Kevin Hart and Tiffany Haddish have been making the rounds to promote their new movie Night School. You’ve most likely seen the trailers all over the internet, and if you live in a city like New York, you’ve been inundated with posters and billboards. You probably already know that it’s about a high school dropout named Teddy (Hart), who can’t get the GED he desperately needs unless he attends a night school course taught by the very unorthodox Carrie (Haddish). You know to expect some gut-busting laughs from the reigning king and queen of comedy. Here’s something that you are probably not expecting from all of the promotion and teasers, though: Carrie is a lesbian. Don’t worry, this news isn’t a spoiler. Carrie’s sexual identity is treated as an afterthought, and it’s the most disappointing part of an otherwise great comedy.
Carrie is crass and unfiltered. She can “cuss like a sailor,” as my Granny would say, and as an overworked, underpaid educator she does not hesitate to unleash her sharp tongue on her high school students or her boss. As such, she certainly doesn’t reserve any pleasantries for her mismatched group of night school students. She’s tough, but passionate about education. But outside of her feelings about being a teacher, we don’t get to know much about Carrie in Night School. She is not above taking herself on an occasional shopping spree at Rainbow, and she is inexplicably good at professional fighting. But those are the only details we get about the film’s co-lead. It’s at the the end of the movie, in a moment that you could easily miss if you decide to check your text messages at the wrong moment, that we learn that she’s a lesbian.
Even in its brevity, the scene is a great critique of male entitlement and aloofness as it presents itself in Teddy. Actual spoilers ahead: After wrapping up their final night school session, the dropouts decide to crash the high school prom happening in the gymnasium. They dance with each other, and during a slow jam, Carrie congratulates Teddy on all of his hard work. He ridiculously thinks that this is her way of hitting on him and tries to let her down gently. Deafened by his own self-absorption, he doesn’t even hear Carrie when she says “I’m gay.” She repeats herself a few times, at which point Teddy finally realizes his error. Then his fiancée walks in, and we’re back in his world for the remainder of the film. There isn’t a single mention of Carrie’s identity.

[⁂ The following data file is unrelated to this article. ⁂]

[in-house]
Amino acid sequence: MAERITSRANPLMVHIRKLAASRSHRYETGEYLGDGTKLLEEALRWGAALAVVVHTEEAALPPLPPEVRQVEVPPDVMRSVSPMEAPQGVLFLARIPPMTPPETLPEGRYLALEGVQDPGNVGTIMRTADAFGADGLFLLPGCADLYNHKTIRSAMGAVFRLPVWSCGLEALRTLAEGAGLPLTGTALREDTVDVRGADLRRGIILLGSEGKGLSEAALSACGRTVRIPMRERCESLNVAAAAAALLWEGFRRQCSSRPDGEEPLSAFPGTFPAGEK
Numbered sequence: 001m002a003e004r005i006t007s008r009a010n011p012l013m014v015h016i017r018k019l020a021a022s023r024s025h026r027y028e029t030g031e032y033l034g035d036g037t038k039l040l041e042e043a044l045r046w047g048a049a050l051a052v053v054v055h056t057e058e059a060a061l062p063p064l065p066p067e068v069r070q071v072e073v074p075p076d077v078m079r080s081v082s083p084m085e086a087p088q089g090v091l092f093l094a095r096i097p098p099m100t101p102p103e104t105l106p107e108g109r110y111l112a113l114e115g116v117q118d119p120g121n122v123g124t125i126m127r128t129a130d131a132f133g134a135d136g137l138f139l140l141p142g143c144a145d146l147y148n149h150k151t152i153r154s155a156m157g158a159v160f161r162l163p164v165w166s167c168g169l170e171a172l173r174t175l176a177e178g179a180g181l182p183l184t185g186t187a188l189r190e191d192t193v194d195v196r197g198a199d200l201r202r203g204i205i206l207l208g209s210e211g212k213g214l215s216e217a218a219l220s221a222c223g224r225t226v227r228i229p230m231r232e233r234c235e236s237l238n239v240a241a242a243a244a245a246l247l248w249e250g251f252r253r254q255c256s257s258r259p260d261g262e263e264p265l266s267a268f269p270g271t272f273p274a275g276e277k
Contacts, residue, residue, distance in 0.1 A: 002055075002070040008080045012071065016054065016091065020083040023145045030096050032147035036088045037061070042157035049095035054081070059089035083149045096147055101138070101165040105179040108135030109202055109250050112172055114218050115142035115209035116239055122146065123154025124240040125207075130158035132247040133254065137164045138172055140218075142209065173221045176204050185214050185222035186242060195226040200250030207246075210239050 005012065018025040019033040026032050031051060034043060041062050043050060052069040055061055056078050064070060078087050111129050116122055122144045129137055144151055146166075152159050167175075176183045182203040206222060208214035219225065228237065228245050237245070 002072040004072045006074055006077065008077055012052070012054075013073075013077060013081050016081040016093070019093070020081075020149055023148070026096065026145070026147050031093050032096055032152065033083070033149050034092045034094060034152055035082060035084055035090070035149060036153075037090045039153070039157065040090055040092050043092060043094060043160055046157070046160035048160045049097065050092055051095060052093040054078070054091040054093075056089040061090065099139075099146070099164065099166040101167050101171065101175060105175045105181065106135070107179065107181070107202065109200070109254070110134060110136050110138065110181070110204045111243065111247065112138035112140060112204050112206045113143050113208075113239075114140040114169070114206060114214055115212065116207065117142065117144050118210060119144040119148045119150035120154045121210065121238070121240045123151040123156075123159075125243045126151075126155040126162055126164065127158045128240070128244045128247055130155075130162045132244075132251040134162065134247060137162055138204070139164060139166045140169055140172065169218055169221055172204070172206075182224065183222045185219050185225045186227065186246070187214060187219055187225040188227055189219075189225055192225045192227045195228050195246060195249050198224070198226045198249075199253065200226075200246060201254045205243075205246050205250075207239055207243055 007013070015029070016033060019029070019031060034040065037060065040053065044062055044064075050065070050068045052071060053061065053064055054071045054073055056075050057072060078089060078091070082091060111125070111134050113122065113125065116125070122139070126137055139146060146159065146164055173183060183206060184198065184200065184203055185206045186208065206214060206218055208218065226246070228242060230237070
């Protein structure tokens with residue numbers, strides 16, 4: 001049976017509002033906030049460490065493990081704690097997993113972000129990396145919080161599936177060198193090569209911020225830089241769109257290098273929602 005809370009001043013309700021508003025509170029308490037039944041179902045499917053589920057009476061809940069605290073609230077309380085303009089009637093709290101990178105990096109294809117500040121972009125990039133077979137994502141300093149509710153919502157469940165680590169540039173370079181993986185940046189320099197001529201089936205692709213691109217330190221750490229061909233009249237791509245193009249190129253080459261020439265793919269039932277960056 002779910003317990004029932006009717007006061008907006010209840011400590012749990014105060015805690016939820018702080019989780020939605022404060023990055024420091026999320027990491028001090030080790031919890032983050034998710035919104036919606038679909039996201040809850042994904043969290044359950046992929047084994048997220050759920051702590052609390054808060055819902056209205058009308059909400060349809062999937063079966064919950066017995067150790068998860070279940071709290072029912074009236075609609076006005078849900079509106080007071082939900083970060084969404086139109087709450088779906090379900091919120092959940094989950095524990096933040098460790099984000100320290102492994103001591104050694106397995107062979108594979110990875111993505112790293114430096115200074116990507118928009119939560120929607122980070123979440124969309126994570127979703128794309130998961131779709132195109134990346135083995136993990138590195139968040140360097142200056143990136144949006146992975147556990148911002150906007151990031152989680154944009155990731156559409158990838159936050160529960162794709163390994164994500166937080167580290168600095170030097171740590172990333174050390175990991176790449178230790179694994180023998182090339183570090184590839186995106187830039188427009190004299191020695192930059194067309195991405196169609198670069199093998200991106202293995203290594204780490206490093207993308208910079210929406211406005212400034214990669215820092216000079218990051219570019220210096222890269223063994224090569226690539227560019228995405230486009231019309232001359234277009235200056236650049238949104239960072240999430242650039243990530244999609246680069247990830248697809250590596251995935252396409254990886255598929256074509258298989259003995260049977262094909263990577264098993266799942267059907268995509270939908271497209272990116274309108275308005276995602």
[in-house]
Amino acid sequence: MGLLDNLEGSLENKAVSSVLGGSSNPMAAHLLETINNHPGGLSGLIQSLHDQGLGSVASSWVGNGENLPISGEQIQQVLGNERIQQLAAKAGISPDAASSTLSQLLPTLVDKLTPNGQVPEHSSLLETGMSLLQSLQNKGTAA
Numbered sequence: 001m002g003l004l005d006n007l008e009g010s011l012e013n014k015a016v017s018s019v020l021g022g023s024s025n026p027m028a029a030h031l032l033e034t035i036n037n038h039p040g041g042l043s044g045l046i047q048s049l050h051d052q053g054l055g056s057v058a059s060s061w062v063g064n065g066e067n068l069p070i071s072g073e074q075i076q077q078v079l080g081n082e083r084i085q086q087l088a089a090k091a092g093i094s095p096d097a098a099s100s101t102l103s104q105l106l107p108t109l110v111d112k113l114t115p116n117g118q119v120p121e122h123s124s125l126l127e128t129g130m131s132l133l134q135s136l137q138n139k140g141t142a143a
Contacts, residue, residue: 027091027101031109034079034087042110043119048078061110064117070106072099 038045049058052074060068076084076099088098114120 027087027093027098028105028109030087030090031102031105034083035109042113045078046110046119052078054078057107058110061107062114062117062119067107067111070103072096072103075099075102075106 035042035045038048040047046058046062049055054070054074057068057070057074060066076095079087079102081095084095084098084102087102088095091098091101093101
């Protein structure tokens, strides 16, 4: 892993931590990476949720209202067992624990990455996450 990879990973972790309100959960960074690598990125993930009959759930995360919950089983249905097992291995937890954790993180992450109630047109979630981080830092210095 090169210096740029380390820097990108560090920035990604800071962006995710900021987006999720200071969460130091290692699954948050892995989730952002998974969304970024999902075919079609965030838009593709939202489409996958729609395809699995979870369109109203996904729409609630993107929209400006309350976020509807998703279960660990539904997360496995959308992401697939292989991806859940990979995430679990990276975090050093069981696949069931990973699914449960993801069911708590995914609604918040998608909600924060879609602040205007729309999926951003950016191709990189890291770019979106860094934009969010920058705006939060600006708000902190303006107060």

Night School audiences will get to see so many parts of Teddy. The movie opens with flashback scenes from his high school years. We know his friends — a white guy named Marvin (Ben Schwartz) who is going to hook him up with a job — and his enemies — his fiancée’s friend Maya (Yvonne Orji) can’t stand him. He overspends to keep up appearances for his fiancée Lisa (Megalyn Echikunwoke), and he has a complicated relationship with his father, while his mother still coddles him. Carrie exists solely in service of the people around her, which is a position that women of color too often find themselves in onscreen.
In her case it’s an even bigger slight because in downplaying Carrie’s experiences, Night School missed a huge opportunity to offer up normalized representations of LGBTQ+ people of color, especially women. Way too often, queer Black women are either completely erased from heteronormative cultural representations of Blackness or defined exclusively by the oppression they face. Or in the case of Night School, their sexuality is a hidden element that is only necessary to character development when it’s time to rebuke the advances of clueless men or explain their own singleness. However, queer people of color are dynamic and complex just like everyone.
Night School is set up to be the biggest comedy of the fall. Hundreds of thousands of people are going to flock to theaters to see it, many of them people of color. And they should, because the movie is really funny. But instead of connecting with a strong and funny Black lesbian character, they are going to laugh at a strong Black woman whose sexuality is kept on mute while her male counterpart gets to live his best life. I wish Hart or one of the other five male writers had the foresight to understand how disappointing that is.